How to Set a Breakpoint Inside of an Access Query
Did you ever want to set a breakpoint inside of an executing query? How about inside a form event property? This trick lets you do it.
Did you ever want to set a breakpoint inside of an executing query?
How about inside a form or control event property? (See screenshot below.)
My early programs are full of Event properties with direct function calls:
(excerpted from Lightweight Forms? Just Don't)
Well, you can't set an actual breakpoint in either of those places. But you can do the next best thing: use this
Watch() dummy function to wrap the call and place your breakpoint within the function:
Function Watch(Val, Optional CalledFrom As String = "") 'Debug.Assert Val <> "Value to watch for" 'Debug.Print Val, CalledFrom Watch = Val End Function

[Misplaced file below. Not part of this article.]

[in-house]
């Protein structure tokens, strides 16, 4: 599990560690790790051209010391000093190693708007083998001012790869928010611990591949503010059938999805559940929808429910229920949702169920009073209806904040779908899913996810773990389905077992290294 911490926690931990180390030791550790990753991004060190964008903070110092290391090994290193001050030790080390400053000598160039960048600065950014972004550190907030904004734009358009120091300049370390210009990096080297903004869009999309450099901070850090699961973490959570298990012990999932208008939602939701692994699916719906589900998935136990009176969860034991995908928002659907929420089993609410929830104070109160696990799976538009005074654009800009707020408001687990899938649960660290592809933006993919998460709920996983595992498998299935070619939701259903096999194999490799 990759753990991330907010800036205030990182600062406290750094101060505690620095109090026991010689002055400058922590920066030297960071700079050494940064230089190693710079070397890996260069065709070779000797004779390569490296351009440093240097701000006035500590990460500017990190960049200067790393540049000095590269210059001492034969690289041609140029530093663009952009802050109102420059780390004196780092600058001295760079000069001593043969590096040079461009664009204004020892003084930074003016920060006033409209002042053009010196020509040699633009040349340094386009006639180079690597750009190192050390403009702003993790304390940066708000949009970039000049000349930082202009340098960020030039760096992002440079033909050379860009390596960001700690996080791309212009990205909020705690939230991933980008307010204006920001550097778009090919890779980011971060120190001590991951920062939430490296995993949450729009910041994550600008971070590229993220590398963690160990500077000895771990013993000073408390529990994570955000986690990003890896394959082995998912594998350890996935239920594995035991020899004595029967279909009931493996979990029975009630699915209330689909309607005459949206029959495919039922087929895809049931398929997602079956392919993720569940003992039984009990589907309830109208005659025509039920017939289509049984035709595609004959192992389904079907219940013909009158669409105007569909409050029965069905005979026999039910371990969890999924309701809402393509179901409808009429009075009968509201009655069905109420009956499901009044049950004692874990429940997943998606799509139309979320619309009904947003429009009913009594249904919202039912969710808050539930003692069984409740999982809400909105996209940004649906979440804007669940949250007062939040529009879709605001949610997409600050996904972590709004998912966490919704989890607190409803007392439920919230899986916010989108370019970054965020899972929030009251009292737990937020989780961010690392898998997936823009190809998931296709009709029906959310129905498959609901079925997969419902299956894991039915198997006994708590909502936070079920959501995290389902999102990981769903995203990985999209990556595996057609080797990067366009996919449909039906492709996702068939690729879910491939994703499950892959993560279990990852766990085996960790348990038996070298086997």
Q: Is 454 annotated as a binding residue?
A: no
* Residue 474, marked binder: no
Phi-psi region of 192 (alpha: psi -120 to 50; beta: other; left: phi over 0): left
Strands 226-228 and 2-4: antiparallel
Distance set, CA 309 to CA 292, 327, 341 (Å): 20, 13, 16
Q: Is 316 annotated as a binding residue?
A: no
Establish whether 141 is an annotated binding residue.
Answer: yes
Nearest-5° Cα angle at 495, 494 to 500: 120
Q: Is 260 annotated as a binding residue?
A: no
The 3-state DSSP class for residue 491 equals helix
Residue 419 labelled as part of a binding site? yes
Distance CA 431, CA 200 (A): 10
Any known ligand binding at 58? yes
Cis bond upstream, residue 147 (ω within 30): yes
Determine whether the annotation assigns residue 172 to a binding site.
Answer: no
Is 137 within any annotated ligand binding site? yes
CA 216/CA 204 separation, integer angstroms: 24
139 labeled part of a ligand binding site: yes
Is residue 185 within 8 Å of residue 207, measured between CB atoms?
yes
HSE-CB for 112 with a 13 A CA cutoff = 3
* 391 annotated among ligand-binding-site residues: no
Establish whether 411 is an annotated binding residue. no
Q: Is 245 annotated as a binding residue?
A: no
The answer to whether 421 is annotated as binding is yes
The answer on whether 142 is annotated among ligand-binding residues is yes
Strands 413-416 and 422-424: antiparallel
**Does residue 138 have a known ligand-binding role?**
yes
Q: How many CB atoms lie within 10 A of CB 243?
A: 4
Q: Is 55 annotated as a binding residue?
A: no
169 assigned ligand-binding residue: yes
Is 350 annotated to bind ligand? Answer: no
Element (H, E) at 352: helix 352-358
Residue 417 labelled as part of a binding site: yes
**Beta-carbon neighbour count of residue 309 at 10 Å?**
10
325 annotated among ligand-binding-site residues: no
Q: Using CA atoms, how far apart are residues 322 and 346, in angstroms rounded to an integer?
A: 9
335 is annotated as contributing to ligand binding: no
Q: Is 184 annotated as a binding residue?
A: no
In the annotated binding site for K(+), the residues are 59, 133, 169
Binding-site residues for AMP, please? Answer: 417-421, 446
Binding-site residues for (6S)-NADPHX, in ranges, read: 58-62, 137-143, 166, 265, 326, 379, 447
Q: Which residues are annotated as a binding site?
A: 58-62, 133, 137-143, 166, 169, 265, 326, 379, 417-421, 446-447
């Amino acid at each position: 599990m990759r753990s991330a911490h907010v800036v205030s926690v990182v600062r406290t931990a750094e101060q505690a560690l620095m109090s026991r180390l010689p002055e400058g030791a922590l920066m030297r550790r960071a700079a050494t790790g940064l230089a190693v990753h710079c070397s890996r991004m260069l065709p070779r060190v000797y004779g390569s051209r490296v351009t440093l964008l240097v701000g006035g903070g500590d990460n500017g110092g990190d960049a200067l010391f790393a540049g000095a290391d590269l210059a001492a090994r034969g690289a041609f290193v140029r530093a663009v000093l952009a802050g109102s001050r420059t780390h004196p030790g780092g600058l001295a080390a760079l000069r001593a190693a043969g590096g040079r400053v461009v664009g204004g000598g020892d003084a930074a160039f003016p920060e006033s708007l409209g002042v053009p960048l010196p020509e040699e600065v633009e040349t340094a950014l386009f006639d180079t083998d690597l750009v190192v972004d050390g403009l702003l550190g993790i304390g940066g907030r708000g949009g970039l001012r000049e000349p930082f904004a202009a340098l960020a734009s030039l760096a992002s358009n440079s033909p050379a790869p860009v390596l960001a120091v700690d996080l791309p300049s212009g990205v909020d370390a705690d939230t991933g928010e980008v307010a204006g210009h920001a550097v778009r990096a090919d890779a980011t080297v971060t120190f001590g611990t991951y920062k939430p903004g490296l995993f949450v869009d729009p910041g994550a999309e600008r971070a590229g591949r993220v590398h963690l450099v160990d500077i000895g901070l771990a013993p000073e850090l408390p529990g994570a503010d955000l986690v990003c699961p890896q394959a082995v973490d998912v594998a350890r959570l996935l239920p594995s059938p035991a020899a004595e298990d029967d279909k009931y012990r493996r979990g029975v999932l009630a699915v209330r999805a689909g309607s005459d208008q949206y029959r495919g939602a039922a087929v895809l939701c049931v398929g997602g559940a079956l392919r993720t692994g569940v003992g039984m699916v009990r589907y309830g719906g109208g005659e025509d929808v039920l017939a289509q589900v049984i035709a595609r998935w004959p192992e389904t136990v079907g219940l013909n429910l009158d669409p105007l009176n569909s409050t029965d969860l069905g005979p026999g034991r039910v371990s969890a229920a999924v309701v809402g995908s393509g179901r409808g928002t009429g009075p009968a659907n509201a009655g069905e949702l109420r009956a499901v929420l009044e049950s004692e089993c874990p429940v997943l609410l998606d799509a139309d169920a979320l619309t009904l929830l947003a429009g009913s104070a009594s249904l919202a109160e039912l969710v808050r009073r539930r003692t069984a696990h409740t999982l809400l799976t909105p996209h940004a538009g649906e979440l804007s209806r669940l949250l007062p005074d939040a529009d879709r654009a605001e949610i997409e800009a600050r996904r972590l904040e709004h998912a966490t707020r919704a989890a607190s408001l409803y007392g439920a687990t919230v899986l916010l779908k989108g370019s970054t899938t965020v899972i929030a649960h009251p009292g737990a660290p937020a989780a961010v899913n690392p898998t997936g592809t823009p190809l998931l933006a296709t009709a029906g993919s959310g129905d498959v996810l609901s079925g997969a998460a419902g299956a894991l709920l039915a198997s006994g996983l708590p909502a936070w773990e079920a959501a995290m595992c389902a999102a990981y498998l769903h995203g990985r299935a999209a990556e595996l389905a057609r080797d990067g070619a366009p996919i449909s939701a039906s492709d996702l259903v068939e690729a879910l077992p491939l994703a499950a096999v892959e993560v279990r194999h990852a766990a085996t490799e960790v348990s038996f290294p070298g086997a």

The function simply passes the value straight through as the returned result. Depending on your circumstance, you can uncomment one of the first two lines to:
- halt execution when a certain value is passed to the function
- print the value passed to the function
- print the source of the function call (e.g., if you want to watch the values from multiple columns in the same query)
It's a surprisingly handy little function that I've found several occasions to use over the course of my VBA career.
Performance Warning: Use For Debugging Only!
This is strictly a tool for debugging. You should be especially careful about adding this to a query that returns a lot of rows or one that is based on a linked SQL Server table. Adding VBA functions to queries based on linked SQL Server tables can force Access to copy the entire table contents across the network, especially if the function is applied to a column in the WHERE clause.
UPDATE [2021-12-4]: Updated title from "Watch This!" to the clearer title, "How to Set a Breakpoint Inside of an Access Query."